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Biomarker Research

[Types of Biomarkers - Frontiers]

- What is a Biomarker?

Biomarkers are critical to the rational development of medical therapeutics, but significant confusion persists regarding fundamental definitions and concepts involved in their use in research and clinical practice, particularly in the fields of chronic disease and nutrition.

In medicine, a biomarker is a measurable indicator of the severity or presence of some disease state. It is a defined characteristic that is measured as an indicator of normal biological processes, pathogenic processes, or responses to an exposure or intervention, including therapeutic interventions.

More generally a biomarker is anything that can be used as an indicator of a particular disease state or some other physiological state of an organism. A biomarker can be a substance that is introduced into an organism as a means to examine organ function or other aspects of health.


- Types and Examples of Biomarkers

Biomarkers are molecules that indicate normal or abnormal process taking place in your body and may be a sign of an underlying condition or disease. Various types of molecules, such as DNA (genes), proteins or hormones, can serve as biomarkers, since they all indicate something about your health. Biomarkers may be produced by the cancer tissue itself or by other cells in the body in response to cancer. They can be found in the blood, stool, urine, tumor tissue, or other tissues or bodily fluids. Notably, biomarkers are not limited to cancer. There are biomarkers for heart disease, multiple sclerosis, and many other diseases. 

  • Types of Biomarkers: Molecular, histologic, radiographic, and physiologic characteristics.
  • Examples of Biomarkers: Blood glucose (molecular) , Tumor size (radiographic), Blood pressure (physiologic).


- Types and Role of Biomarkers in the Clinical Practice

Biomarkers are useful in a number of ways, including measuring the progress of disease, evaluating the most effective therapeutic regimes for a particular cancer type, and establishing long-term susceptibility to cancer or its recurrence. The parameter can be chemical, physical or biological. In molecular terms biomarker is "the subset of markers that might be discovered using genomics, proteomics technologies or imaging technologies. Biomarkers play major roles in medicinal biology. Biomarkers help in early diagnosis, disease prevention, drug target identification, drug response etc.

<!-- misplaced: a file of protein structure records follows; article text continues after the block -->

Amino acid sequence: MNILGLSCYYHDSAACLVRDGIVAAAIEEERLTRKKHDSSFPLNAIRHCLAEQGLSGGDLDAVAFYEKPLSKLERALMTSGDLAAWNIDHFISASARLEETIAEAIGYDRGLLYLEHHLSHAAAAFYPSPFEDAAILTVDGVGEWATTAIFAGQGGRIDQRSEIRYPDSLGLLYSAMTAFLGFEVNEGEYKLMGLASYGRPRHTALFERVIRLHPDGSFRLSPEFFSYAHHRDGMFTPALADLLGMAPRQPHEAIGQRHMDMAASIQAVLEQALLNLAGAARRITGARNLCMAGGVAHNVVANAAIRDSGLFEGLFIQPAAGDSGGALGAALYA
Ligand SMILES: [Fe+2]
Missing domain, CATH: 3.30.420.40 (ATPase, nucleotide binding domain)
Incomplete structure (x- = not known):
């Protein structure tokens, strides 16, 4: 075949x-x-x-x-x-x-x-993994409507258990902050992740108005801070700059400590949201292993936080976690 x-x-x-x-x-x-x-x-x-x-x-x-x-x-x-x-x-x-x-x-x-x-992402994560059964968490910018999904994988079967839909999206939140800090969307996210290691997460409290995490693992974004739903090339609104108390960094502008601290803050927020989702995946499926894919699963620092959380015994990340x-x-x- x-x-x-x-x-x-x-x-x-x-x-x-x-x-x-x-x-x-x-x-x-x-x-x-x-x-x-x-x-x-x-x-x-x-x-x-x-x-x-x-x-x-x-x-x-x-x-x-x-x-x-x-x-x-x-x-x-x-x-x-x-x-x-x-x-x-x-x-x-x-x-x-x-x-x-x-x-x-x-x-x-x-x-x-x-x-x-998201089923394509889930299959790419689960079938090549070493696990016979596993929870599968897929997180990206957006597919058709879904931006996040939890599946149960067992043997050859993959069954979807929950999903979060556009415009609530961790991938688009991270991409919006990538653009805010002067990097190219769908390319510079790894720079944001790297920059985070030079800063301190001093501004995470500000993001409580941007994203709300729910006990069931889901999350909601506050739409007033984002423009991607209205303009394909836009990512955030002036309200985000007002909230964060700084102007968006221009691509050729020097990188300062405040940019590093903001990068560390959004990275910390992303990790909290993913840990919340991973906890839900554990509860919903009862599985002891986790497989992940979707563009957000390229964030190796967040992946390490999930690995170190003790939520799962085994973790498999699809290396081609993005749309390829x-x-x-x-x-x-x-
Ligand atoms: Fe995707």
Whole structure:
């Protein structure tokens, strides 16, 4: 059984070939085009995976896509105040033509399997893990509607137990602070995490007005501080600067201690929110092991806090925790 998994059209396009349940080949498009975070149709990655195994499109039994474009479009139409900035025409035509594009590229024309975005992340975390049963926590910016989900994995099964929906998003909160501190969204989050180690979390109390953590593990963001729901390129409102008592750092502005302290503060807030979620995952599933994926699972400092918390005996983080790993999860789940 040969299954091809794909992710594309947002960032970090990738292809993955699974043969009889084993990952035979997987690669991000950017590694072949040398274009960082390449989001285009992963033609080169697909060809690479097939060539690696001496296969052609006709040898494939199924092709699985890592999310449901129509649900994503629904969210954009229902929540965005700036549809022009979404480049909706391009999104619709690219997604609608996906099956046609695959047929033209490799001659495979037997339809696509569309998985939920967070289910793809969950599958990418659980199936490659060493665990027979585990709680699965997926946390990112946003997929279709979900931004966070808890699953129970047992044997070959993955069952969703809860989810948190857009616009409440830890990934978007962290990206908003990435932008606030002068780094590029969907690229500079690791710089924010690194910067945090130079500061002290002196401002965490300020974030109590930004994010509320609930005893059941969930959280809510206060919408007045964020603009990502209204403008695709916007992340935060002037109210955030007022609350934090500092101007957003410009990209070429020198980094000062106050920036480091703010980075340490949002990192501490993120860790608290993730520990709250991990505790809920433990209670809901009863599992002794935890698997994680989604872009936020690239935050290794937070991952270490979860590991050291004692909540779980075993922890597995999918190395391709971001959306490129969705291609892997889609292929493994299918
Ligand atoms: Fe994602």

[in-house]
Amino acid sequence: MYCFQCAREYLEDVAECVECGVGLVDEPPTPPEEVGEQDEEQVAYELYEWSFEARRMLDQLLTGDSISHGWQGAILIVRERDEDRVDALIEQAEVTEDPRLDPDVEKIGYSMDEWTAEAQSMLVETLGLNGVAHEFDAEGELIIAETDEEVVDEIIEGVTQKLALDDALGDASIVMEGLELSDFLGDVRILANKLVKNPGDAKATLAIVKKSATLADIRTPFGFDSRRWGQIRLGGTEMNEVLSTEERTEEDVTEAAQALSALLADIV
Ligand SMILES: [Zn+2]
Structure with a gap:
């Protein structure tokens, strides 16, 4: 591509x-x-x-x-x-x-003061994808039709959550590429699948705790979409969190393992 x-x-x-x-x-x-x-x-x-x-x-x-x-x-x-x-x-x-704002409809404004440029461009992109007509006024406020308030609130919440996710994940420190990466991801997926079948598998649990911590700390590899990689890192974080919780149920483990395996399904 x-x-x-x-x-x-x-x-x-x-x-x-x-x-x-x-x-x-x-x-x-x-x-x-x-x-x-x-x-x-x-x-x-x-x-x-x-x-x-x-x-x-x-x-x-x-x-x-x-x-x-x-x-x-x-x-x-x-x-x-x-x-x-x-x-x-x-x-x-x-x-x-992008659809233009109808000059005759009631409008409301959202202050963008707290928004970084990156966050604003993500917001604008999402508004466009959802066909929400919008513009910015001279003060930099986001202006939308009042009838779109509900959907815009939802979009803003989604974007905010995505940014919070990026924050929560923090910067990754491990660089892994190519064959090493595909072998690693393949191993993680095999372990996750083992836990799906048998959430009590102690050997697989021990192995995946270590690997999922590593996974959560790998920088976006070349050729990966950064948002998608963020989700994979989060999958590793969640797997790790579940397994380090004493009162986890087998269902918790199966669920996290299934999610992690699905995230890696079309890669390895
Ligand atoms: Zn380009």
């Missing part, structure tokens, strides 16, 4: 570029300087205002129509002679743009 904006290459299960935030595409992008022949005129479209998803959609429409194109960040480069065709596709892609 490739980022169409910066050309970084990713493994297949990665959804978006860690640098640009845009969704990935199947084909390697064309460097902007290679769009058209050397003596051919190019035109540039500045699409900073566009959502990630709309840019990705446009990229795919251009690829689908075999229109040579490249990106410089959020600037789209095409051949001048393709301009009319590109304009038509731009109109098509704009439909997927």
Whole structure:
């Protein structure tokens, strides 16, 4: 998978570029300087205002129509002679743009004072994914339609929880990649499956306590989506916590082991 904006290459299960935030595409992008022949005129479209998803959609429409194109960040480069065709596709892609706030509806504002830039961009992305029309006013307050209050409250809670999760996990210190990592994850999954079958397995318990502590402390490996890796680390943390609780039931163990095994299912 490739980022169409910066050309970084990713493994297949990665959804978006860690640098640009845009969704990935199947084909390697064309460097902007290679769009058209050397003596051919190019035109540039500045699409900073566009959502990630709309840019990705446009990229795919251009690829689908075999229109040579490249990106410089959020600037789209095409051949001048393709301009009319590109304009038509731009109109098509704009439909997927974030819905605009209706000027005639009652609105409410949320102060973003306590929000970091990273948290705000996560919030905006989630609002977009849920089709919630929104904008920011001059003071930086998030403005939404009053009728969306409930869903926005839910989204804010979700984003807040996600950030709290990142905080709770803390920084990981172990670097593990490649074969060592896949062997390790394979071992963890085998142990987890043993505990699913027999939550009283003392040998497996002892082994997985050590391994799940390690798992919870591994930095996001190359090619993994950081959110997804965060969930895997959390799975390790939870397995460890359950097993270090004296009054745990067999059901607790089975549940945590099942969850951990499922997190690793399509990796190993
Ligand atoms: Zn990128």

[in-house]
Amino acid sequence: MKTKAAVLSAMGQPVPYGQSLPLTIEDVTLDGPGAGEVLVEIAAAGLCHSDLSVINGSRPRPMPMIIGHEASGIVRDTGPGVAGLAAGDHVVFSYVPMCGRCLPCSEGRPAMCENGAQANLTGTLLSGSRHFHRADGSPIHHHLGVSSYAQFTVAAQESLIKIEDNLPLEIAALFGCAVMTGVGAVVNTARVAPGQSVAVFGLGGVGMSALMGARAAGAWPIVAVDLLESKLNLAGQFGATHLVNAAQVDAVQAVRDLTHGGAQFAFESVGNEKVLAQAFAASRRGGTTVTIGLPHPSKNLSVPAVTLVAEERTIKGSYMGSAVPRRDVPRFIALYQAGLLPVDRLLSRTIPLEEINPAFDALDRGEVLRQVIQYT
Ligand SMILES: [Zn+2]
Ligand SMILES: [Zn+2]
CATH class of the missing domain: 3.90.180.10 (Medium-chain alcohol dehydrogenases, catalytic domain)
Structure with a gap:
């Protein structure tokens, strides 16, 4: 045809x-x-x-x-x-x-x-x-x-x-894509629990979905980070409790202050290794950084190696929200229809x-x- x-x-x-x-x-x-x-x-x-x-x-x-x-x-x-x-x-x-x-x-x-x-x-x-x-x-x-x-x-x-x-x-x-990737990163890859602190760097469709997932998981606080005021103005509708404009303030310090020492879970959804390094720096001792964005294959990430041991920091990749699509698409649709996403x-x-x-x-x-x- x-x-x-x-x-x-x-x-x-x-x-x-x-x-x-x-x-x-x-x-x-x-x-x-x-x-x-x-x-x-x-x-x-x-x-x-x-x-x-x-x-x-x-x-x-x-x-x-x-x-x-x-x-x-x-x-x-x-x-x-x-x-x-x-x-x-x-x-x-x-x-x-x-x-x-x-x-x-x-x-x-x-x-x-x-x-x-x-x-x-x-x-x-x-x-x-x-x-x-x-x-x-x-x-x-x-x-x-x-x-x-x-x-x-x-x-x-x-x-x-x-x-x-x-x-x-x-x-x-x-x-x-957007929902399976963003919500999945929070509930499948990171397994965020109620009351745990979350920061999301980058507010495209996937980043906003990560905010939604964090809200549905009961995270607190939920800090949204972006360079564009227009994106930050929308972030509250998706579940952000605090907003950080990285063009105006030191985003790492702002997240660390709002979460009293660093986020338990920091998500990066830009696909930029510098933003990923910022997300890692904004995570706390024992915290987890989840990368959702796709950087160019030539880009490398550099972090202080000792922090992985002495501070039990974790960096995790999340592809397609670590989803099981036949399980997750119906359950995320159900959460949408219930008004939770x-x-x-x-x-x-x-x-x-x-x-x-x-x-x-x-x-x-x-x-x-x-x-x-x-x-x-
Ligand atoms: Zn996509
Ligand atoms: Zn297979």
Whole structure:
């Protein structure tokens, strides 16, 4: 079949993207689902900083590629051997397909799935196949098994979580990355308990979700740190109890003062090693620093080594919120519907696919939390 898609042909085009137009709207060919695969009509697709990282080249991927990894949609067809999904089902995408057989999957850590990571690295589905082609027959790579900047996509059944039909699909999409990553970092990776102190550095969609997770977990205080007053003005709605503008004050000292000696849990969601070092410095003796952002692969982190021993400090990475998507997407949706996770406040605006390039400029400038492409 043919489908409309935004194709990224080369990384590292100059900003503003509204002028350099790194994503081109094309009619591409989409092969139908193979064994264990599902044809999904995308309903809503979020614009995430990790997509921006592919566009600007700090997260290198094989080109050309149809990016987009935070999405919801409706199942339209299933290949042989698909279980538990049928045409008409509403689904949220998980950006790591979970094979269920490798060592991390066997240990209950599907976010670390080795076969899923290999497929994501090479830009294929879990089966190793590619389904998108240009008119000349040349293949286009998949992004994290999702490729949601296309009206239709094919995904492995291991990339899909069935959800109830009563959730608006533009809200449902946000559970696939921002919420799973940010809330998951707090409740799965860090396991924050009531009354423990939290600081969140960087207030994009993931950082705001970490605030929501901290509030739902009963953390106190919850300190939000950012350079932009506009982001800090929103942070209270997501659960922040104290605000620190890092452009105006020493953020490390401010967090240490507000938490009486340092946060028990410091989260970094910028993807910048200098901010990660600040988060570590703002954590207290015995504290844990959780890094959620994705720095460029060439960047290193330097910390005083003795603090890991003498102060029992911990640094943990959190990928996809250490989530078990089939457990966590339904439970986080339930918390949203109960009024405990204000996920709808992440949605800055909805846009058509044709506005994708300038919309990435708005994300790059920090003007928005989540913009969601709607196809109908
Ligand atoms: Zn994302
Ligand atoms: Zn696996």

According to their applications, biomarkers can provide complementary information about the disease or the intervention under consideration. Biomarkers may be identified at any event occurring since the pathogenesis, the onset of first clinical manifestations, diagnosis, treatment outcome or recovery. The FDA-NIH Biomarker Working Group distinguished several types of biomarkers based on their main clinical application: diagnostic, monitoring, pharmacodynamic/response, predictive, prognostic, safety, and susceptibility/risk biomarkers (Figure above). A biomarker may meet multiple criteria for different uses or present specific features that enable its particular use.

Wearable Chemical Sensors for Biomarker Discovery in the Omics Era

Biomarkers are important biological indicators in medical diagnosis and treatment. However, the biomarker discovery and validation process is hampered by the lack of standardized protocols for analytical studies, storage, and sample collection.  

Wearable chemical sensors provide a real-time, non-invasive alternative to typical laboratory blood analysis and are an effective tool for exploring novel biomarkers in surrogate body fluids such as sweat, saliva, tears, and interstitial fluid. These devices could enable personalised health monitoring at home remotely and drastically reduce healthcare costs. drug.

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